Over the years, Public Relations was a controversial concept and brought many paradigms. PR has many definitions. For instance, in 1976, Rex Harlow gathers 472 definitions of PR (Morris & Goldsworthy, 2012) in order to provide a comprehensive definition. Since then, many other definitions appeared which makes Public Relations difficult to asses. In this short section, it will be given some relevant PR definitions, characteristics, and theories, as well as some critiques.
Public Relations is seen as a management function by Scott M. Cutlip, Allen H. Center and Glen M. Broom (2009, cited in Swann, 2010, p.2) saying that PR “is a management function that establishes and maintains mutually beneficial relationships between an organisation and the publics on whom the success and failure depend”. The PR UK membership body, CIPR (Chartered Institue of Public Relations), describes Public Relations closely linked with reputation: “Public Relations is the discipline which looks after reputation, with the aim of earning understanding and support and influencing opinion and behaviour. It is the planned and sustained effort to establish and maintain goodwill and mutual understanding between an organisation and its publics” (CIPR, n.d.). In essence, Public Relations develop and maintain relationships by communicating with stakeholders to solve problems, build trust and take advantages of new opportunities whether the client is an organisation or an individual (Swann, 2010).
Any organisation it is influenced by external environment as well as internal environment. The PR practitioners have to maintain a balance between organisational interest and public interest (Grunig, 2001). These characteristics outline one of the PR theories, and that is Relationships Management Theory. Another PR theory is the System theory which says that any organisation is formed by many subsystems which influence each other, and it is also part of the social system. An open system is an organisation that takes into account the environment (Cutlip, et al., 2006) fostering an open dialogue, or a two-way communication dialogue, as Grunig and Hunt (1984) describe it in Excellence Theory. The two-way symmetrical communication is part of the four model of Public Relations. The other models are: press agentry, public information and two-way asymmetric. Two-way symmetrical communication illustrates an honest and transparent dialogue, where PR practitioners listen to stakeholders in order to meet their needs.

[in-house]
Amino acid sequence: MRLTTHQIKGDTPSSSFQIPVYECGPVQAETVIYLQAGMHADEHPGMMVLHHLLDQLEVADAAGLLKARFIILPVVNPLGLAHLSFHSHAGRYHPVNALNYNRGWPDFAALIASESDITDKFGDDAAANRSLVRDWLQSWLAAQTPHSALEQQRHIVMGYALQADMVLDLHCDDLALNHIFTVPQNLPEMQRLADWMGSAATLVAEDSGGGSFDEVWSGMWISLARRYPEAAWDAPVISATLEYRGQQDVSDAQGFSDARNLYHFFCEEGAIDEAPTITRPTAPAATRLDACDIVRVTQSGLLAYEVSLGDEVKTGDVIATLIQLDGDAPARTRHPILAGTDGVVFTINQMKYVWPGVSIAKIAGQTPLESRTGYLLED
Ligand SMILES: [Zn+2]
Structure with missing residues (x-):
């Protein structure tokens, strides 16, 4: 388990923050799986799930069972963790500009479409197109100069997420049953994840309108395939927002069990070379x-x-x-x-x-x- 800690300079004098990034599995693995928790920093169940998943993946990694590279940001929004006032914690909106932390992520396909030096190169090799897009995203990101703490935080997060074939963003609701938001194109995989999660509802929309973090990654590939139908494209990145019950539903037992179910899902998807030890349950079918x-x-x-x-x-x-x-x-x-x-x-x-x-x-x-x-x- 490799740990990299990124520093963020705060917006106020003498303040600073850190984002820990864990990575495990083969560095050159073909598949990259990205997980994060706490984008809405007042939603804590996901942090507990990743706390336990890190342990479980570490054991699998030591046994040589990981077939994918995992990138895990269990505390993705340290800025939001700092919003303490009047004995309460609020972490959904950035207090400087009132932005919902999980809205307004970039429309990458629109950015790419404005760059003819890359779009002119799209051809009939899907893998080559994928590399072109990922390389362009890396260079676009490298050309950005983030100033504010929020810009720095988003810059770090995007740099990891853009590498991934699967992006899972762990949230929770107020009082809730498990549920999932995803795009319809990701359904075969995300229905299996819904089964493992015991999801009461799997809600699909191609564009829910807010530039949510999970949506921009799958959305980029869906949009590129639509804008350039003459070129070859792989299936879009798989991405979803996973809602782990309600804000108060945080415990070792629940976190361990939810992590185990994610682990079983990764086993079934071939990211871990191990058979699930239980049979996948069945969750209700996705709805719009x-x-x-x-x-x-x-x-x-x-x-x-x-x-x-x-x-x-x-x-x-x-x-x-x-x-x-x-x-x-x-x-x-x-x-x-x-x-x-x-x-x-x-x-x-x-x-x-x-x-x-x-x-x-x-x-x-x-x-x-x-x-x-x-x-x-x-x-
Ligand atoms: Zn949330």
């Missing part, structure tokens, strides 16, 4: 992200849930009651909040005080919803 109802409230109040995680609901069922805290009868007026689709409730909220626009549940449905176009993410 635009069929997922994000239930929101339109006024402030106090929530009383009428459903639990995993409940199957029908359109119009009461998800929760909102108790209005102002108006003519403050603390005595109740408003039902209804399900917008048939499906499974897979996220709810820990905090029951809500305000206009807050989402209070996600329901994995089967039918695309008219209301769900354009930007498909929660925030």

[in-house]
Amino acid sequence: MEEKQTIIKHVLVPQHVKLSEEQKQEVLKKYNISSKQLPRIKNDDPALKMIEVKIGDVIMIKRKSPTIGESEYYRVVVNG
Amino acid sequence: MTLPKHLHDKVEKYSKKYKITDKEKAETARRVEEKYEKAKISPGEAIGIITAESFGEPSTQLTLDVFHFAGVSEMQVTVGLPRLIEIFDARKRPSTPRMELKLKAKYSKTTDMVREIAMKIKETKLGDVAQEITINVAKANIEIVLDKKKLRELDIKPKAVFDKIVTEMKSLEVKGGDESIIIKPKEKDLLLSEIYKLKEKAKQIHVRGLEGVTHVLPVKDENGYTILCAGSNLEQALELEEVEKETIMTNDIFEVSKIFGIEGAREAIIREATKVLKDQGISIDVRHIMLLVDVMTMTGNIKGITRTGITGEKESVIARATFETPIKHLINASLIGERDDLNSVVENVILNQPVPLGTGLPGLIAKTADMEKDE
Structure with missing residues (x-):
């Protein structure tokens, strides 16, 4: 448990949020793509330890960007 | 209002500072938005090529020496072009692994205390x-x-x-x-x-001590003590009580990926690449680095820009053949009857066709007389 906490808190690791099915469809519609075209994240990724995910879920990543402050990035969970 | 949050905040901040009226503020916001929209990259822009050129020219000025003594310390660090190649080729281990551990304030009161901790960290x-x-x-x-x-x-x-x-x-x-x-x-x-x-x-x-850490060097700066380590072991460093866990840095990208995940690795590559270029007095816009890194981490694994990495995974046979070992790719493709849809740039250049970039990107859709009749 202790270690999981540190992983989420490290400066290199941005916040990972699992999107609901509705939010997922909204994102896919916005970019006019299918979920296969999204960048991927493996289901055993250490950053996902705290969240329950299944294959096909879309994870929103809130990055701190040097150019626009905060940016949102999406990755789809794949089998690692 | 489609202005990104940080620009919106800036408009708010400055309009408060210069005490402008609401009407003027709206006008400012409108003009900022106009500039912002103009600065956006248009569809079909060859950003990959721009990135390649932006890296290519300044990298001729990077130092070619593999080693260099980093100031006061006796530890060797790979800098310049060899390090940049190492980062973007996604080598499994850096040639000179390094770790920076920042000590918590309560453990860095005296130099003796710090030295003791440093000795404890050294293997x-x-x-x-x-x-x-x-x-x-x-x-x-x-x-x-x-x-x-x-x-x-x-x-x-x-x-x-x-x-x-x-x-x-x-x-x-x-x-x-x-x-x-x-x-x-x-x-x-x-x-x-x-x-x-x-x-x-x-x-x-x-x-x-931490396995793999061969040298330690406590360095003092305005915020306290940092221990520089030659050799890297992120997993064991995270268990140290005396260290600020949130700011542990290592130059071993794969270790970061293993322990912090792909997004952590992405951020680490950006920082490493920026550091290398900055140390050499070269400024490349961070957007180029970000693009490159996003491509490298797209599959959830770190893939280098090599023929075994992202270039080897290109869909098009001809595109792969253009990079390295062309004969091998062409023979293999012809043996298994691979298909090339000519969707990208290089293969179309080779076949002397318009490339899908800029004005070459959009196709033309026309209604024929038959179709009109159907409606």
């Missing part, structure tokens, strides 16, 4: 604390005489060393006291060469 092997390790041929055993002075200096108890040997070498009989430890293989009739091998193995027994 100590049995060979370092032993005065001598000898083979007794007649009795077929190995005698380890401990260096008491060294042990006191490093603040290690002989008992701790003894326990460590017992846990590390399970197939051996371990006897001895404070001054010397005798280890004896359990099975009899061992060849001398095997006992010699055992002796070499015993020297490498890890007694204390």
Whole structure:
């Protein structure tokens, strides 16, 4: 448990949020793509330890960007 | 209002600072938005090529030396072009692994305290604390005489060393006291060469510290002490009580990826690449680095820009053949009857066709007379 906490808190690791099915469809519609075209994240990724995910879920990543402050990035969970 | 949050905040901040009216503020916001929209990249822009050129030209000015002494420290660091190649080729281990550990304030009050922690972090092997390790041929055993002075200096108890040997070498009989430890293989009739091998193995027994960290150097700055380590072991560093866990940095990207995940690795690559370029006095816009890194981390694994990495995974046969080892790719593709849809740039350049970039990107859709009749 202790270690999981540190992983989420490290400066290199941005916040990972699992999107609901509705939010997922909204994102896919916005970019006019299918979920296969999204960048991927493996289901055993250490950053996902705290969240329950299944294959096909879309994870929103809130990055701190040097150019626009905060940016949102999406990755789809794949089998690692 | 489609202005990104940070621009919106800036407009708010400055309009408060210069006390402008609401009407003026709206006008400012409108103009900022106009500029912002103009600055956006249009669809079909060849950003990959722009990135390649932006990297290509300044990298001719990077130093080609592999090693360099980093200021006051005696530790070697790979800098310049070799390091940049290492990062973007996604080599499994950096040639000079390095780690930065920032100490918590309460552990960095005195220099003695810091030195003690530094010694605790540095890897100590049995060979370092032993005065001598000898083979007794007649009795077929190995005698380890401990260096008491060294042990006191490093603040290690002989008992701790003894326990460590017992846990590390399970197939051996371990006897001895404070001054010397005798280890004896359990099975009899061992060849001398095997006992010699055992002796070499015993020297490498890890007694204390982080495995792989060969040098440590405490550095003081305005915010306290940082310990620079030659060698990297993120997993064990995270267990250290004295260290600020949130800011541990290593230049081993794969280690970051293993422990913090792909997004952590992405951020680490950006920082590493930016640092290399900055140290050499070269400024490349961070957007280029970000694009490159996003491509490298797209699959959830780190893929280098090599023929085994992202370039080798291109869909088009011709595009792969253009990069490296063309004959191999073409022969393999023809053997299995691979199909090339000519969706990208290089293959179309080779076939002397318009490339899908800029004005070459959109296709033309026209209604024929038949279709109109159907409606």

Critical theorists in PR usually advocate that PR practitioners support an organisation to have a privileged position in society, excluding minority voices from the public debate (Edwards, 2009). Some other critiques of PR were highlighted by Morris and Goldsworthy (2008), describing that Public Relations has a negative connotation, many practitioners preferring to name themselves differently, such as account executive, corporate reputation managers, communication strategists and so on. Another critique is that PR is not a proper profession because anyone can practice PR. Also, it usually overlaps with other marketing and communications disciplines (Morris & Goldsworthy, 2008). Moreover, it is argued that PR is not all about reputation because PR practitioners can not control, for instance, product performance. L’Etang (2008) is a well-known critic who identified some other problematic aspects in PR such as: ethical issues, propaganda and manipulation, CSR, legitimacy, the strategic process, public affairs and so on. A definition is given by Morris and Goldsworthy (2008, p. 102) says that “PR is the planned persuasion of people to behave in ways that further its sponsor’s objectives. It works primarily through the use of media relations and other forms of third party endorsement”.
The main departments of the Public Relations professions are: Corporate PR, Internal Communication, Media Relations, Business-to-Business, Public Affairs, Corporate Social Responsibility, Investor Relations, Strategic Communication, Issues Management, Crisis Management, Copywriter, Events Management (Fawkes, 2012).
To conclude, Public Relations is a complex concept and this is why in this section was provided only the main characteristics, theories, and critiques. As it can be seen, PR is about reputation, maintaining relationships, planning, communication with all stakeholders and trying to get third party endorsement. How would you define PR? Please let me know in the comments below.
In the next article we will explore more about Internal Communications and its relations with PR.